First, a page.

Skilled nursing encompasses medical care and other round-the-clock support that someone may need following a surgery, heart attack, stroke, fracture, or other medical setback. A skilled nursing provider often manages post-surgical rehabilitation or acute illnesses. The provider combines recreational activities and other amenities and services that help to create a sense of home and community during recovery.
The term “nursing home” is not used much anymore, so try not to let it confuse you. It may refer to a skilled nursing and/or assisted living. A primary difference between skilled nursing and assisted living is the short term nature of the former.
Assisted living and skilled nursing facilities both provide assistance with dressing, grooming, medication, meal preparation, and other aspects of daily living, but skilled nursing includes a higher level of medical care.
The media sometimes reports on a nursing home providing substandard care, and these reports are understandably alarming. It is important to do your research before selecting a skilled nursing provider but remember, negative news makes the headlines specifically because it’s out of the ordinary. Take a look at these four myths or misconceptions about skilled nursing.
1. Residents Have No Independence
Seniors in skilled nursing facilities make their own healthcare and financial decisions. If they are physically unable to do so, their family members or someone with healthcare power of attorney provides input. Federal law protects their right to be treated with dignity and respect.
In addition, the Centers for Medicare and Medicaid Services sets forth the rights and protections of any resident in any Medicare- and Medicaid-eligible facility. Residents have the right to manage their financial affairs, be a party to their medical treatment, be free from abuse, and expect that their personal property will be kept safe.
Skilled nursing facilities typically rely on security monitoring systems and safety supervisors, but only to keep residents safe — not to restrict their independence.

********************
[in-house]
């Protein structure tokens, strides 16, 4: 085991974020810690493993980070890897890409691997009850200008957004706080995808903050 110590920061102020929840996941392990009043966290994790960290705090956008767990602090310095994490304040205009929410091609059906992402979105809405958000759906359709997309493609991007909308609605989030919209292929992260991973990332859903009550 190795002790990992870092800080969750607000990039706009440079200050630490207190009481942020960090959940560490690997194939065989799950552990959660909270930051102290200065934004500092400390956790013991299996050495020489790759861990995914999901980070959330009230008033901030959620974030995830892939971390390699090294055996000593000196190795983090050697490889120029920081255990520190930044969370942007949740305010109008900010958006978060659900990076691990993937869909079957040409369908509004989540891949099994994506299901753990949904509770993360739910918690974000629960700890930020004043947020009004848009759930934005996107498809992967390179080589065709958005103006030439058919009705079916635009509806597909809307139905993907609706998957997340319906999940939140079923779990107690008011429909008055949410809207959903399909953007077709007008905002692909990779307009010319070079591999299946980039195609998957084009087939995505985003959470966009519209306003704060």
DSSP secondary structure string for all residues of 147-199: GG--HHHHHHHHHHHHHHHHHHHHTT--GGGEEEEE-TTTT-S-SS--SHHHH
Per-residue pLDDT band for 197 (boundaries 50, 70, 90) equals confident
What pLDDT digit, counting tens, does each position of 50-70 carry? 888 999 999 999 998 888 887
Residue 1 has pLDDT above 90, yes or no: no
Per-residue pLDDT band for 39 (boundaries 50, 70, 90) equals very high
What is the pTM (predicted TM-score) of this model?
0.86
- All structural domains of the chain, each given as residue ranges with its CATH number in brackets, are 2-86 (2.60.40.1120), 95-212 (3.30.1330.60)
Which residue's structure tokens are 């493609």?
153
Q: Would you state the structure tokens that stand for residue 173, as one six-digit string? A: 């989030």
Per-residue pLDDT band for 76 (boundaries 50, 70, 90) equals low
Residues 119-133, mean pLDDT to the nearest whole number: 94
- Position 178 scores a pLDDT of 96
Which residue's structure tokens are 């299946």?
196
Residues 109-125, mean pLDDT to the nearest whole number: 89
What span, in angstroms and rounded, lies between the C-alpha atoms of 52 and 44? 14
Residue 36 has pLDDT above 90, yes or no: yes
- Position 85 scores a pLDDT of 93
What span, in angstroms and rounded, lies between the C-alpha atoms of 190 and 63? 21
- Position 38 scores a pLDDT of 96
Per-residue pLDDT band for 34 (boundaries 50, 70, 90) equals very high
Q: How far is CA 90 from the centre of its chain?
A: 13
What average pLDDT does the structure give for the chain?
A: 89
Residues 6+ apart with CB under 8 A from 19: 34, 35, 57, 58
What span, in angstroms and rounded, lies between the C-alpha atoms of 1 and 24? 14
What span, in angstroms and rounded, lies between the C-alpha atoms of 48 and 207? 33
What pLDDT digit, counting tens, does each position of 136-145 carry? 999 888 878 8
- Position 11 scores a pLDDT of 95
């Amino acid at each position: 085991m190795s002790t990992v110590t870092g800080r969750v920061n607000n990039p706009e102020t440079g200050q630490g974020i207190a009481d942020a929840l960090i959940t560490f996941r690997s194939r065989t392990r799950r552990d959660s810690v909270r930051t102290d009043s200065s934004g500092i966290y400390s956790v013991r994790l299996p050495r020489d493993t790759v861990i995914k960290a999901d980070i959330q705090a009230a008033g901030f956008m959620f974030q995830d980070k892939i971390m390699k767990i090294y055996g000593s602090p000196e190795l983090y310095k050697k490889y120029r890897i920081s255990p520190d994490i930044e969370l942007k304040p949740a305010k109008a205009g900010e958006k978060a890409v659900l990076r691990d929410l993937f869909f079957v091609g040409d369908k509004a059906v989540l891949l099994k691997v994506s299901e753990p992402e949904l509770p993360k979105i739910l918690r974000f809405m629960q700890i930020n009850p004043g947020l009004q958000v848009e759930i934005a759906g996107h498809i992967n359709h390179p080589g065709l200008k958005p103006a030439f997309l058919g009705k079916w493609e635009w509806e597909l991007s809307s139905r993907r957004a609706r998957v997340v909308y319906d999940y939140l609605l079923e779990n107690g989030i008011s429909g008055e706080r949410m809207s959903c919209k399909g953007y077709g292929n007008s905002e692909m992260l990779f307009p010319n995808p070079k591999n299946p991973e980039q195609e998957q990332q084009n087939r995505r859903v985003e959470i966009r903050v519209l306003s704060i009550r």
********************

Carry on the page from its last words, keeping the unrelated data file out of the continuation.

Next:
2. You Can’t Bring Personal Property to Skilled Nursing
Skilled nursing residents recover best in a homelike, comfortable environment. To that end, they are welcome to bring personal effects that reasonably fit in their room. They can bring framed family photos, heirlooms, holiday decorations, tablets or e-readers, stationery, and their favorite personal care items. Check with the resident’s medical care team about whether favorite snacks or beverages are okay for the person to have while in care. CMS requirements state that the facility must provide things like appropriate bedding, furniture and storage for the resident’s clothing.
3. There’s Nothing To Do While in Skilled Nursing
Medical treatments and rehabilitation account for a large portion of a resident’s day, but that doesn’t mean they have no free time. Depending on their ability and stage of recovery, they can engage in enjoyable activities. They can often access wireless internet, television, a library, religious services, group activities, salon and hair appointments and outdoor areas. Each skilled nursing provider will have its own policy on visitors, but it’s generally possible to visit with loved ones, too.
4. Skilled Nursing Providers Only Exist to Make Money
Providing round-the-clock care is expensive, and it’s true that skilled nursing providers must take in enough money to pay for it. Payments from patients are just one of the ways in which they earn money, however. They also bring in federal and state funds and possibly grants. Their approach may reflect whether they are a non-profit or for-profit senior community.
The vast majority of medical care and administrative workers who choose to work in a skilled nursing or other senior care community do so because they care about people. Their work is challenging but they are rewarded by the chance to help someone heal or simply to make them happy for a few minutes. In other words, making money is not typically the primary reason anyone does this kind of work. When choosing a skilled nursing provider, take a tour and speak with as many employees as possible to get a sense of whether they have your best interests at heart.
Get to Know Benderson Skilled Nursing and Rehabilitation at Aviva
Benderson Skilled Nursing at Aviva offers personalized care in a nurturing and healing home-like environment. Our holistic approach to care focuses on mind, body and spirit, with a complete range of rehabilitation services and numerous amenities. Compassionate, skilled nurses are available 24-hours a day to ensure the well-being of our residents. Our team’s specialized training and experience help patients return home as quickly as possible.
Aviva’s skilled nursing and rehabilitation are part of a continuum of care, meaning residents can transition smoothly among our different residences, including independent living, assisted living and memory care. Contact us today to learn more.